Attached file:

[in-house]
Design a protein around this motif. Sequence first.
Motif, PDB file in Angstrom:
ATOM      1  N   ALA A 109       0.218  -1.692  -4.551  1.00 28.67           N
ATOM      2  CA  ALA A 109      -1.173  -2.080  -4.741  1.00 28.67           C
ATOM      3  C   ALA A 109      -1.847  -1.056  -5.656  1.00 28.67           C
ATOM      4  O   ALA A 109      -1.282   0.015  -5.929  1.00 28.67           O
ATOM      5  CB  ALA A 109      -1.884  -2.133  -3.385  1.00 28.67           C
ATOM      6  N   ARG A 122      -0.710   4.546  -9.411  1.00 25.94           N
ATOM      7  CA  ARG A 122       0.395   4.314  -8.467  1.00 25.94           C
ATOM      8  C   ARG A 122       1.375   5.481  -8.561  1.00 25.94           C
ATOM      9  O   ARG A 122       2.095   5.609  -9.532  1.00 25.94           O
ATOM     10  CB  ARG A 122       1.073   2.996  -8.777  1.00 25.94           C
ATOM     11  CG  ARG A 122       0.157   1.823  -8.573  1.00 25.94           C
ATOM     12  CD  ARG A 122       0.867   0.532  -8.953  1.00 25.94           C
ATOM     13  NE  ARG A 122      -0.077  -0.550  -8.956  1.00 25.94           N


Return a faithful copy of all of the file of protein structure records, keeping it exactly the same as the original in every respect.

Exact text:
[in-house]
Design a protein around this motif. Sequence first.
Motif, PDB file in Angstrom:
ATOM      1  N   ALA A 109       0.218  -1.692  -4.551  1.00 28.67           N
ATOM      2  CA  ALA A 109      -1.173  -2.080  -4.741  1.00 28.67           C
ATOM      3  C   ALA A 109      -1.847  -1.056  -5.656  1.00 28.67           C
ATOM      4  O   ALA A 109      -1.282   0.015  -5.929  1.00 28.67           O
ATOM      5  CB  ALA A 109      -1.884  -2.133  -3.385  1.00 28.67           C
ATOM      6  N   ARG A 122      -0.710   4.546  -9.411  1.00 25.94           N
ATOM      7  CA  ARG A 122       0.395   4.314  -8.467  1.00 25.94           C
ATOM      8  C   ARG A 122       1.375   5.481  -8.561  1.00 25.94           C
ATOM      9  O   ARG A 122       2.095   5.609  -9.532  1.00 25.94           O
ATOM     10  CB  ARG A 122       1.073   2.996  -8.777  1.00 25.94           C
ATOM     11  CG  ARG A 122       0.157   1.823  -8.573  1.00 25.94           C
ATOM     12  CD  ARG A 122       0.867   0.532  -8.953  1.00 25.94           C
ATOM     13  NE  ARG A 122      -0.077  -0.550  -8.956  1.00 25.94           N